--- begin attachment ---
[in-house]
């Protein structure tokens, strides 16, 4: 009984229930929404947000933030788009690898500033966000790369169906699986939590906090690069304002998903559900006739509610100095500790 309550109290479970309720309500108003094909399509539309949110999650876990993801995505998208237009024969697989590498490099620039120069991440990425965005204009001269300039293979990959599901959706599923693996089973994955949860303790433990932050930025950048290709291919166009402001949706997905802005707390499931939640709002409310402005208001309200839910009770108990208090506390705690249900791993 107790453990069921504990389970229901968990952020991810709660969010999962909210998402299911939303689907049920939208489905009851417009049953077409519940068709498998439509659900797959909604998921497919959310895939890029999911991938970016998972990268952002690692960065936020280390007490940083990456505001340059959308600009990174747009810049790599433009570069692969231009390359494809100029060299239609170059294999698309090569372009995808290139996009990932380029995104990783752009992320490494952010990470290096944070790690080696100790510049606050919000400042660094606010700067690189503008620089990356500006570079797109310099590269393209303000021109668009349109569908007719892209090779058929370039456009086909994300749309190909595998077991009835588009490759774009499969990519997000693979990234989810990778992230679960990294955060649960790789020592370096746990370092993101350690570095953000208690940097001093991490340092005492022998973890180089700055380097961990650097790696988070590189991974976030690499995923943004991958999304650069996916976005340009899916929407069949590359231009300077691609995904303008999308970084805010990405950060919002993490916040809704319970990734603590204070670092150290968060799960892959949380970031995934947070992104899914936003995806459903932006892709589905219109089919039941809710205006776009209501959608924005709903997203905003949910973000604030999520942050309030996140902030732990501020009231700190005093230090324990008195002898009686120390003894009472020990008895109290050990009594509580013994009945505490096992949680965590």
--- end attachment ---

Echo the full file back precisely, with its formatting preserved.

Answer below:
[in-house]
């Protein structure tokens, strides 16, 4: 009984229930929404947000933030788009690898500033966000790369169906699986939590906090690069304002998903559900006739509610100095500790 309550109290479970309720309500108003094909399509539309949110999650876990993801995505998208237009024969697989590498490099620039120069991440990425965005204009001269300039293979990959599901959706599923693996089973994955949860303790433990932050930025950048290709291919166009402001949706997905802005707390499931939640709002409310402005208001309200839910009770108990208090506390705690249900791993 107790453990069921504990389970229901968990952020991810709660969010999962909210998402299911939303689907049920939208489905009851417009049953077409519940068709498998439509659900797959909604998921497919959310895939890029999911991938970016998972990268952002690692960065936020280390007490940083990456505001340059959308600009990174747009810049790599433009570069692969231009390359494809100029060299239609170059294999698309090569372009995808290139996009990932380029995104990783752009992320490494952010990470290096944070790690080696100790510049606050919000400042660094606010700067690189503008620089990356500006570079797109310099590269393209303000021109668009349109569908007719892209090779058929370039456009086909994300749309190909595998077991009835588009490759774009499969990519997000693979990234989810990778992230679960990294955060649960790789020592370096746990370092993101350690570095953000208690940097001093991490340092005492022998973890180089700055380097961990650097790696988070590189991974976030690499995923943004991958999304650069996916976005340009899916929407069949590359231009300077691609995904303008999308970084805010990405950060919002993490916040809704319970990734603590204070670092150290968060799960892959949380970031995934947070992104899914936003995806459903932006892709589905219109089919039941809710205006776009209501959608924005709903997203905003949910973000604030999520942050309030996140902030732990501020009231700190005093230090324990008195002898009686120390003894009472020990008895109290050990009594509580013994009945505490096992949680965590």